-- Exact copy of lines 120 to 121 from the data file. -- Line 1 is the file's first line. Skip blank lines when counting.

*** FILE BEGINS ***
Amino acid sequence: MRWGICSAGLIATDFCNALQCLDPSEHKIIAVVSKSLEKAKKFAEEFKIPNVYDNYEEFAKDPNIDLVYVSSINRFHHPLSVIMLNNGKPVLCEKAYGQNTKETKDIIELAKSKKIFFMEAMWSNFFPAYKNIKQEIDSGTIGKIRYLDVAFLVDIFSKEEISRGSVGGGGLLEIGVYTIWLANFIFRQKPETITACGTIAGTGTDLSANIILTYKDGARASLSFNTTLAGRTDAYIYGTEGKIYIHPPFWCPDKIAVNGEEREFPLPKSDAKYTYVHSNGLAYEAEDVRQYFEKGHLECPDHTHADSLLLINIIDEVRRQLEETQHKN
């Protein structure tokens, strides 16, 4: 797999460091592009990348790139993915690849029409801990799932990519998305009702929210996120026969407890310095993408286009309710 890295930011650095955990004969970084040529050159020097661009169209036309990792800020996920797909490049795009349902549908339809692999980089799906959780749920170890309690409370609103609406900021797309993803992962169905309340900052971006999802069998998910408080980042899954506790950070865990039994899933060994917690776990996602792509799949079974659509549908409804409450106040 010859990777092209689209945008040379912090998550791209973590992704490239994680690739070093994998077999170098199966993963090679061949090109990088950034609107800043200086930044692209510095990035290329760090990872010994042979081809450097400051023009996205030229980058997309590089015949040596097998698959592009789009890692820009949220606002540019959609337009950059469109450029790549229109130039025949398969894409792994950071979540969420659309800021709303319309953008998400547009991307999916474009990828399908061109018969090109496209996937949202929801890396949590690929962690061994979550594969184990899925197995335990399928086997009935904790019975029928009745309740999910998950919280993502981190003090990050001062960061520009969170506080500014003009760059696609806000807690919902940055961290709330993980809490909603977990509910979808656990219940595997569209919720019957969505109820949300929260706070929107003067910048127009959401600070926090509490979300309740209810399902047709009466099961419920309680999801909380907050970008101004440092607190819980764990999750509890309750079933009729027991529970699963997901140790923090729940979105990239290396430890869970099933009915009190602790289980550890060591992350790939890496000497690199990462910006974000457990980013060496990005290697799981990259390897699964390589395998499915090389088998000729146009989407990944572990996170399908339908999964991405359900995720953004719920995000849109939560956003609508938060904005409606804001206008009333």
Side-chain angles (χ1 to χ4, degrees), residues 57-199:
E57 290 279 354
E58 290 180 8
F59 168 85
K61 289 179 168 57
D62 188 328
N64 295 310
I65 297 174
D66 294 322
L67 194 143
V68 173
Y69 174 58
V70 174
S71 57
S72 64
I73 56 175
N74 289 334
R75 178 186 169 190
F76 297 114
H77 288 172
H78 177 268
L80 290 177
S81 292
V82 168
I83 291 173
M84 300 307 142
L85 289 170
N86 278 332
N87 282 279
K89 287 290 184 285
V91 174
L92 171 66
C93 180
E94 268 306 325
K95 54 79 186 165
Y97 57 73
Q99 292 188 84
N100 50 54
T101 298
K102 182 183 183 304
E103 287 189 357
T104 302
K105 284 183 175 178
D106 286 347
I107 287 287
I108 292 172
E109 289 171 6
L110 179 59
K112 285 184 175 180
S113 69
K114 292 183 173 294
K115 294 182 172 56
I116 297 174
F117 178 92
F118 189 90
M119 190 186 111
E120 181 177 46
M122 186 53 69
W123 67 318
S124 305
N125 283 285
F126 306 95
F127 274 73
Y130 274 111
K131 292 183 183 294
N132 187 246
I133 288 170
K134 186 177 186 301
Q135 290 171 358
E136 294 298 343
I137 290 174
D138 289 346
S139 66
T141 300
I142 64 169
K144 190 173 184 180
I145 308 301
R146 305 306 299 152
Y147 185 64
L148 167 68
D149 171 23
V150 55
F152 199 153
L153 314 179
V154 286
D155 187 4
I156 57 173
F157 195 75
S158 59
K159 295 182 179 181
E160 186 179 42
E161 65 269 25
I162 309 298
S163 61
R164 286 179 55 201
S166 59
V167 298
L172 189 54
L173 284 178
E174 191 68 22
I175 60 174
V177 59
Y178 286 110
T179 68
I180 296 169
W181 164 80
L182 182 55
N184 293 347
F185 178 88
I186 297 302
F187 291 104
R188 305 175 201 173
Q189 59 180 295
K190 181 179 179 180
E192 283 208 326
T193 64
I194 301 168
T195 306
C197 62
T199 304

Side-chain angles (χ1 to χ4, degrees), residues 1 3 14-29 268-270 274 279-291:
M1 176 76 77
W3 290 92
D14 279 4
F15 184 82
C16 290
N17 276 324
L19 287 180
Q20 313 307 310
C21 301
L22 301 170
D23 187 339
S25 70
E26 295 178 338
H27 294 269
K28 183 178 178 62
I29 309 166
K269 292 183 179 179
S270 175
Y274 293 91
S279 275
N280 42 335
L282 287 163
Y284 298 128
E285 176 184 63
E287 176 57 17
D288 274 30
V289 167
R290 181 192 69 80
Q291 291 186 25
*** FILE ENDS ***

T195 306
C197 62